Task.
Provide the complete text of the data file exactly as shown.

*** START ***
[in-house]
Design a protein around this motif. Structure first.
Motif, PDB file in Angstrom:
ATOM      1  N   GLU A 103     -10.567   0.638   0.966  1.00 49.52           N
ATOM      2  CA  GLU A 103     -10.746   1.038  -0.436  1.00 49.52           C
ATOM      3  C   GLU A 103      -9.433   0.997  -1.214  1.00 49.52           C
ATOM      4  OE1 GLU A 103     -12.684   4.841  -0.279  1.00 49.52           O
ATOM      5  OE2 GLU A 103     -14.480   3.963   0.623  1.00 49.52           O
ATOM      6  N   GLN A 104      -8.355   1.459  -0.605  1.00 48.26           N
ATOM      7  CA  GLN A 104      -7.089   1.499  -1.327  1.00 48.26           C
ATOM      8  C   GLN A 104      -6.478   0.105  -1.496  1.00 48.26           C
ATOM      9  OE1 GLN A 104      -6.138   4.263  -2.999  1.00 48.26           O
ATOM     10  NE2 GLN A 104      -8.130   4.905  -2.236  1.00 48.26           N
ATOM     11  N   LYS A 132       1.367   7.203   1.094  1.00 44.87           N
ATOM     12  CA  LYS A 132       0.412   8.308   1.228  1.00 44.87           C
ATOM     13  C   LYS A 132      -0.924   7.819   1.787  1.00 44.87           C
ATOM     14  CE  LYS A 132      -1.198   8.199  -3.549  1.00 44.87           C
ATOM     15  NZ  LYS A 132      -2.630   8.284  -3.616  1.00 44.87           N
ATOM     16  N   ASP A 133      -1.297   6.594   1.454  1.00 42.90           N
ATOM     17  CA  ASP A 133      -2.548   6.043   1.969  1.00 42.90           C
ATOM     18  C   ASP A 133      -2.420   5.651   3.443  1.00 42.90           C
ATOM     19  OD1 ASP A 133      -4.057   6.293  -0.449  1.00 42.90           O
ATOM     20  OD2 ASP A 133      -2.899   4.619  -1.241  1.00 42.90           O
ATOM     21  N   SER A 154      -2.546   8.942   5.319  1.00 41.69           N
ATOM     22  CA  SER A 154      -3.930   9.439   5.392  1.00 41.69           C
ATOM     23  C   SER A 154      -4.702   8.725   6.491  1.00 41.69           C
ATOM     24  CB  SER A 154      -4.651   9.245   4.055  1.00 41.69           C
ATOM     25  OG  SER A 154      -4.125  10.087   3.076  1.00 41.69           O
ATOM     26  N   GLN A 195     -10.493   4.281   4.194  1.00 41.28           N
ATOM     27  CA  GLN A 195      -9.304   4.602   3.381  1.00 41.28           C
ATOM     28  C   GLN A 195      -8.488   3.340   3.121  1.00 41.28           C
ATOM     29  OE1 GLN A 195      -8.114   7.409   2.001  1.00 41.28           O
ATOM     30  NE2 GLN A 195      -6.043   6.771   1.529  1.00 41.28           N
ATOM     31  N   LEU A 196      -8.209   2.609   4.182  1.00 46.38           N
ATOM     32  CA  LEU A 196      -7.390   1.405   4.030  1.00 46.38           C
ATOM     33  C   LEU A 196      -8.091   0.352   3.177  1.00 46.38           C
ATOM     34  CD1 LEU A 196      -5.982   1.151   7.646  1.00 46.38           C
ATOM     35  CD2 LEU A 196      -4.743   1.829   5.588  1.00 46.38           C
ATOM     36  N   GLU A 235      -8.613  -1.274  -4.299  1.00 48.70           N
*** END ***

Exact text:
[in-house]
Design a protein around this motif. Structure first.
Motif, PDB file in Angstrom:
ATOM      1  N   GLU A 103     -10.567   0.638   0.966  1.00 49.52           N
ATOM      2  CA  GLU A 103     -10.746   1.038  -0.436  1.00 49.52           C
ATOM      3  C   GLU A 103      -9.433   0.997  -1.214  1.00 49.52           C
ATOM      4  OE1 GLU A 103     -12.684   4.841  -0.279  1.00 49.52           O
ATOM      5  OE2 GLU A 103     -14.480   3.963   0.623  1.00 49.52           O
ATOM      6  N   GLN A 104      -8.355   1.459  -0.605  1.00 48.26           N
ATOM      7  CA  GLN A 104      -7.089   1.499  -1.327  1.00 48.26           C
ATOM      8  C   GLN A 104      -6.478   0.105  -1.496  1.00 48.26           C
ATOM      9  OE1 GLN A 104      -6.138   4.263  -2.999  1.00 48.26           O
ATOM     10  NE2 GLN A 104      -8.130   4.905  -2.236  1.00 48.26           N
ATOM     11  N   LYS A 132       1.367   7.203   1.094  1.00 44.87           N
ATOM     12  CA  LYS A 132       0.412   8.308   1.228  1.00 44.87           C
ATOM     13  C   LYS A 132      -0.924   7.819   1.787  1.00 44.87           C
ATOM     14  CE  LYS A 132      -1.198   8.199  -3.549  1.00 44.87           C
ATOM     15  NZ  LYS A 132      -2.630   8.284  -3.616  1.00 44.87           N
ATOM     16  N   ASP A 133      -1.297   6.594   1.454  1.00 42.90           N
ATOM     17  CA  ASP A 133      -2.548   6.043   1.969  1.00 42.90           C
ATOM     18  C   ASP A 133      -2.420   5.651   3.443  1.00 42.90           C
ATOM     19  OD1 ASP A 133      -4.057   6.293  -0.449  1.00 42.90           O
ATOM     20  OD2 ASP A 133      -2.899   4.619  -1.241  1.00 42.90           O
ATOM     21  N   SER A 154      -2.546   8.942   5.319  1.00 41.69           N
ATOM     22  CA  SER A 154      -3.930   9.439   5.392  1.00 41.69           C
ATOM     23  C   SER A 154      -4.702   8.725   6.491  1.00 41.69           C
ATOM     24  CB  SER A 154      -4.651   9.245   4.055  1.00 41.69           C
ATOM     25  OG  SER A 154      -4.125  10.087   3.076  1.00 41.69           O
ATOM     26  N   GLN A 195     -10.493   4.281   4.194  1.00 41.28           N
ATOM     27  CA  GLN A 195      -9.304   4.602   3.381  1.00 41.28           C
ATOM     28  C   GLN A 195      -8.488   3.340   3.121  1.00 41.28           C
ATOM     29  OE1 GLN A 195      -8.114   7.409   2.001  1.00 41.28           O
ATOM     30  NE2 GLN A 195      -6.043   6.771   1.529  1.00 41.28           N
ATOM     31  N   LEU A 196      -8.209   2.609   4.182  1.00 46.38           N
ATOM     32  CA  LEU A 196      -7.390   1.405   4.030  1.00 46.38           C
ATOM     33  C   LEU A 196      -8.091   0.352   3.177  1.00 46.38           C
ATOM     34  CD1 LEU A 196      -5.982   1.151   7.646  1.00 46.38           C
ATOM     35  CD2 LEU A 196      -4.743   1.829   5.588  1.00 46.38           C
ATOM     36  N   GLU A 235      -8.613  -1.274  -4.299  1.00 48.70           N